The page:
TORONTO--One early morning in November 2001 found me and a dozen fellow journalists bouncing around the back of an ancient pickup truck a few miles into northern Afghanistan. As we passed one bombed-out village after another, a fortyish correspondent for Moscow radio stretched out his arms. "It's great to be back," he grinned broadly. I squinted under the white-hot sun, focusing on the spiderweb-shaped bullet wound running up his arm. Field surgery, courtesy of a Soviet medic. I asked why he was so pleased. "Because this time," he elaborated, "all of this crap"--he waved his other arm through the dust--"belongs to you!"
The 2001 invasion of Afghanistan was a dry run for George Bush's Iraqi oil grab. Kabul was the proving ground for new bombs and missiles destined for Baghdad. Changing rationales for war--first it was about catching Osama, then about closing al-Qaeda training camps, then liberating Afghan women--presaged the Administration's throw-every-excuse-at-the-wall-to-see-if-it-sticks strategy for Iraq. Most of the mistakes that led to failure in Iraq were first made in the war against Afghanistan: unpopular foreign exiles appointed as puppet rulers by the CIA, failing to send enough troops to provide basic security, unsavory no-bid deals with White House-connected corporations to exploit energy resources, torture and murder of detainees and POWs, propping up tribal chiefs with histories of genocide, and making life for the average Afghan even more difficult than it was under the previous despotic regime. And, like the Iraq war, the Fourth Afghan War was a substitute for the war we should be fighting--against the 9/11 criminals, who were all in Pakistan, Saudi Arabia and Egypt.
Afghanistan will again preview future failure in Iraq on October 9, when the United States will hold its first occupation-era national election. A real Afghan election? Not now; not in 20 years.
Afghanistan doesn't even have a government. Puppet president/former Unocal oil consultant Hamid Karzai is the weak, ineffectual mayor of Kabul. As Agence France reports, "Karzai has tried and largely failed to extend his control outside the capital of Kabul and into medieval-era provinces which remain under the sway of regional warlords." In 95 percent of the country, the warlords and their thuggish commanders issue visas to travel through their districts and charge entry fees to travelers. And the Taliban are back. U.S. military officers have already ceded several large provinces to Taliban governors.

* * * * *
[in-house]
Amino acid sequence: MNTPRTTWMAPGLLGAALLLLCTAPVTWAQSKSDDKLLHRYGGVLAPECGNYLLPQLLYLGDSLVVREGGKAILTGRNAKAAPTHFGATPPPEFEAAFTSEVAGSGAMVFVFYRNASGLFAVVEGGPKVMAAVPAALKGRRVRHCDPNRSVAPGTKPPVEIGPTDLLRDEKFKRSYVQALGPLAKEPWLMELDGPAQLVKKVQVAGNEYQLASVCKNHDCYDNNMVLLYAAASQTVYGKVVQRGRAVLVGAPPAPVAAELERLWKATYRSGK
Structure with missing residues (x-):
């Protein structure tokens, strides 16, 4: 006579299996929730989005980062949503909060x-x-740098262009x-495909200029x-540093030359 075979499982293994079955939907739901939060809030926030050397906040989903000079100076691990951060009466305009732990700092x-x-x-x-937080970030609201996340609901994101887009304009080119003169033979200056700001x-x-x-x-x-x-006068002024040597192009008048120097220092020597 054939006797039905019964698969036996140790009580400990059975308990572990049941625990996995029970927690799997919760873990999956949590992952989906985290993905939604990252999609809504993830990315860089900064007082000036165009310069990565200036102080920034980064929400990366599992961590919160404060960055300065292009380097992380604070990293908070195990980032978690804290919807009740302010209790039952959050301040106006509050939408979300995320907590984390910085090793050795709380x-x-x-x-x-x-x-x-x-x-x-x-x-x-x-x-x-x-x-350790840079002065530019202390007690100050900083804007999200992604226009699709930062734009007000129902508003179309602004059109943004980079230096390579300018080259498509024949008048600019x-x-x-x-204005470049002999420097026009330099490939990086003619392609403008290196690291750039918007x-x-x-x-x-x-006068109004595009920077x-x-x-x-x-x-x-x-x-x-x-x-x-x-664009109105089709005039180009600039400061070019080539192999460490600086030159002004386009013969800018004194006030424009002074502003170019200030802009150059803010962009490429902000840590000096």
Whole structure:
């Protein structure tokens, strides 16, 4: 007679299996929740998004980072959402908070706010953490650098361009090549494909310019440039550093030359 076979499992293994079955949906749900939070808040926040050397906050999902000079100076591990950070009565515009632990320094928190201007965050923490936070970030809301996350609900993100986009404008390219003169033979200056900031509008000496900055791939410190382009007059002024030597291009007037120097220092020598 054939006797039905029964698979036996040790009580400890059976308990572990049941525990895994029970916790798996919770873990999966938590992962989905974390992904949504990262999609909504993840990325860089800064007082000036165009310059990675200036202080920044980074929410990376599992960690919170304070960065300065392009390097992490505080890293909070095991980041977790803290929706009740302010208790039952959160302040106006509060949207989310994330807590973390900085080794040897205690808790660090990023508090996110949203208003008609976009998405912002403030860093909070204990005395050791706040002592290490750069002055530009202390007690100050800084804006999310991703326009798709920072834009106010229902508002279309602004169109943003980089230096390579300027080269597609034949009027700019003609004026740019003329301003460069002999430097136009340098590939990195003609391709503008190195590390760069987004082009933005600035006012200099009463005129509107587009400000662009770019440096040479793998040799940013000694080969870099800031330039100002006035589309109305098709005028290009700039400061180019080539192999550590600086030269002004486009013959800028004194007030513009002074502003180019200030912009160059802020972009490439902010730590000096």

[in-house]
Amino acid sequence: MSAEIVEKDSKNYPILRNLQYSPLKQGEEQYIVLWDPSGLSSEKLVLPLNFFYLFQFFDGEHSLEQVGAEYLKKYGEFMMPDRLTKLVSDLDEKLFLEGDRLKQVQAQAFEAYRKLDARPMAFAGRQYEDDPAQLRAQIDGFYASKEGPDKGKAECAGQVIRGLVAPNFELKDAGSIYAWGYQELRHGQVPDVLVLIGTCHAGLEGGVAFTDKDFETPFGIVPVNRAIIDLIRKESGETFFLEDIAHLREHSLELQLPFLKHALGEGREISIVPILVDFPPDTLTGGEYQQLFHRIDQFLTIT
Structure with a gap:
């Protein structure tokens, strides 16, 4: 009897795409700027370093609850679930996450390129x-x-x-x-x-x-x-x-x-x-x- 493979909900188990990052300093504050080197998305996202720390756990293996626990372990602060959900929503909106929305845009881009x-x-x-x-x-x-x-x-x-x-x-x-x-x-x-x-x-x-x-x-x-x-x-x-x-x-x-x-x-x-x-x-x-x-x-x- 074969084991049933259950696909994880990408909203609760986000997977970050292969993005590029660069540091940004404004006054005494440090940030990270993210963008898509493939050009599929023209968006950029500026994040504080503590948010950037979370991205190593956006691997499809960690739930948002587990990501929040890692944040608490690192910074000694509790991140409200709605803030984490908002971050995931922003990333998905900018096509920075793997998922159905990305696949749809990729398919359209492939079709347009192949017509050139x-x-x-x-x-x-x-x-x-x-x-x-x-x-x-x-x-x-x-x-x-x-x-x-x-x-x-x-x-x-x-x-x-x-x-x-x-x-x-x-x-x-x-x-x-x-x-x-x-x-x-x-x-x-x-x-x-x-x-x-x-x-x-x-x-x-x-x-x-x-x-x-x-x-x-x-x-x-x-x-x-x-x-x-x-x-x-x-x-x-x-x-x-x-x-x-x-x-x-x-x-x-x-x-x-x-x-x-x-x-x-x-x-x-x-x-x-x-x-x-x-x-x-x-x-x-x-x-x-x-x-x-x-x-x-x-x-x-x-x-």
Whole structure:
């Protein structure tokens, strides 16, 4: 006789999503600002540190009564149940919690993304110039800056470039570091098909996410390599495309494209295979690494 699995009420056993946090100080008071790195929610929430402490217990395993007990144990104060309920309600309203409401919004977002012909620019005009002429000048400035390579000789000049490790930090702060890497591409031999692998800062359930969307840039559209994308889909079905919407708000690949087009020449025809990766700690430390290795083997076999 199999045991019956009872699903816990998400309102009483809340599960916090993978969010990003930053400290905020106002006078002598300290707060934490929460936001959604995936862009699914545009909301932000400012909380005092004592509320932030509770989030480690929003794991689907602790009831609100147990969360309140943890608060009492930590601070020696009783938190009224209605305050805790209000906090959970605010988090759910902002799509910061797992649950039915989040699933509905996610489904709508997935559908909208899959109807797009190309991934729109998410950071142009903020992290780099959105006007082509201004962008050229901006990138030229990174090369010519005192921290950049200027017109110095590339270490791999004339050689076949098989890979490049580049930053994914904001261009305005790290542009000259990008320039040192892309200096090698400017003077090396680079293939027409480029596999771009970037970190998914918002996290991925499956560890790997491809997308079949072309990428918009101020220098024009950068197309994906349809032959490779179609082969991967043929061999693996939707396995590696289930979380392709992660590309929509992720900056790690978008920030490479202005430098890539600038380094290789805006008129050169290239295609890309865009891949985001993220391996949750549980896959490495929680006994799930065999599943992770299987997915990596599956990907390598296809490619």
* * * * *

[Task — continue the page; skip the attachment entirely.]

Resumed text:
Afghan bureaucracy is nonexistent. Afghans don't have passports, driver's licenses or national ID cards. Representatives of the Karzai government can't travel freely, nor do they know who lives in their country, since they have never taken a census. Estimates of the total population vary widely, between 24 and 28 million. Millions more live in Iran and Pakistan; absentee ballots are impossible because Afghanistan doesn't have a postal system. To add to the fun, many Afghans are like Madonna; they only use one name. Because there are no phones or electricity to allow officials to crosscheck records, Madonna from Kabul can easily register as Madonna from Mazar-e-Sharif and Madonna from Kandahar. The Bushies brag that 12 million Afghans registered to vote; they leave out that only 10 million are eligible.
Echoing the concerns of other watchdog agencies, a report by Human Rights Watch concludes that "there remains a high degree of political repression, and politically active Afghans in every region reported that they regularly censor themselves for fear that they might face threats or violence at the hands of factional leaders." A UN official cites a warlord from eastern Afghanistan as an example: "If the powers of warlords such as Hazrat Ali here are not curtailed, the elections will mean nothing. One of the major sources of power and authority for Hazrat Ali and his gang is his close relations with the U.S. military and intelligence. He has successfully used this relationship to harm and intimidate his political rivals. He has arrested people and constantly threatens them with sending them to Guantánamo."
The farcical Afghan election is the perfect closer for a lost war. Declare democracy so you can cut and run. If it works in Afghanistan, the Bushies plan to hold similar "elections" in Iraq in January. Of course, both countries will disintegrate into further civil war. Eventually some future superpower will come along to try its hand at Middle Eastern neocolonialism. Then we'll sit back and laugh, because our mess will all belong to them.
Ted Rall is the author of two new books, Wake Up, You're Liberal!: How We Can Take America Back From the Right and Generalissimo El Busho: Essays and Cartoons on the Bush Years. Ordering information is available at amazon.com.
Copyright 2004 Ted Rall
Distributed by Universal Press Syndicate/Ted Rall
Ted Rall online: www.rall.com